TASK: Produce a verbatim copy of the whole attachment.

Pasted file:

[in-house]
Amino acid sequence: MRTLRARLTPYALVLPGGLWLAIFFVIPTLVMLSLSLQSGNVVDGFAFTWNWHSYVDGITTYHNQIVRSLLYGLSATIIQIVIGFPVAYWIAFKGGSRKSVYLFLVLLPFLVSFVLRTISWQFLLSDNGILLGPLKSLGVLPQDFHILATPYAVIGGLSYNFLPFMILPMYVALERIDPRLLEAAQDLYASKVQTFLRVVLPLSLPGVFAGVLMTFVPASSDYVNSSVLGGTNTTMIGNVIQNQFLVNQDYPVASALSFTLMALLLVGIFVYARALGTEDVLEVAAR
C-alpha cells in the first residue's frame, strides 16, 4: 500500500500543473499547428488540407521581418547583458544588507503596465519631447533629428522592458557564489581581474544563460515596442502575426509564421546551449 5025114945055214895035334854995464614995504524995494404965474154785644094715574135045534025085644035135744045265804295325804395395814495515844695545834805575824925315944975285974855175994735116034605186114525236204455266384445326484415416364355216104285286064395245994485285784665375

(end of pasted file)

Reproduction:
[in-house]
Amino acid sequence: MRTLRARLTPYALVLPGGLWLAIFFVIPTLVMLSLSLQSGNVVDGFAFTWNWHSYVDGITTYHNQIVRSLLYGLSATIIQIVIGFPVAYWIAFKGGSRKSVYLFLVLLPFLVSFVLRTISWQFLLSDNGILLGPLKSLGVLPQDFHILATPYAVIGGLSYNFLPFMILPMYVALERIDPRLLEAAQDLYASKVQTFLRVVLPLSLPGVFAGVLMTFVPASSDYVNSSVLGGTNTTMIGNVIQNQFLVNQDYPVASALSFTLMALLLVGIFVYARALGTEDVLEVAAR
C-alpha cells in the first residue's frame, strides 16, 4: 500500500500543473499547428488540407521581418547583458544588507503596465519631447533629428522592458557564489581581474544563460515596442502575426509564421546551449 5025114945055214895035334854995464614995504524995494404965474154785644094715574135045534025085644035135744045265804295325804395395814495515844695545834805575824925315944975285974855175994735116034605186114525236204455266384445326484415416364355216104285286064395245994485285784665375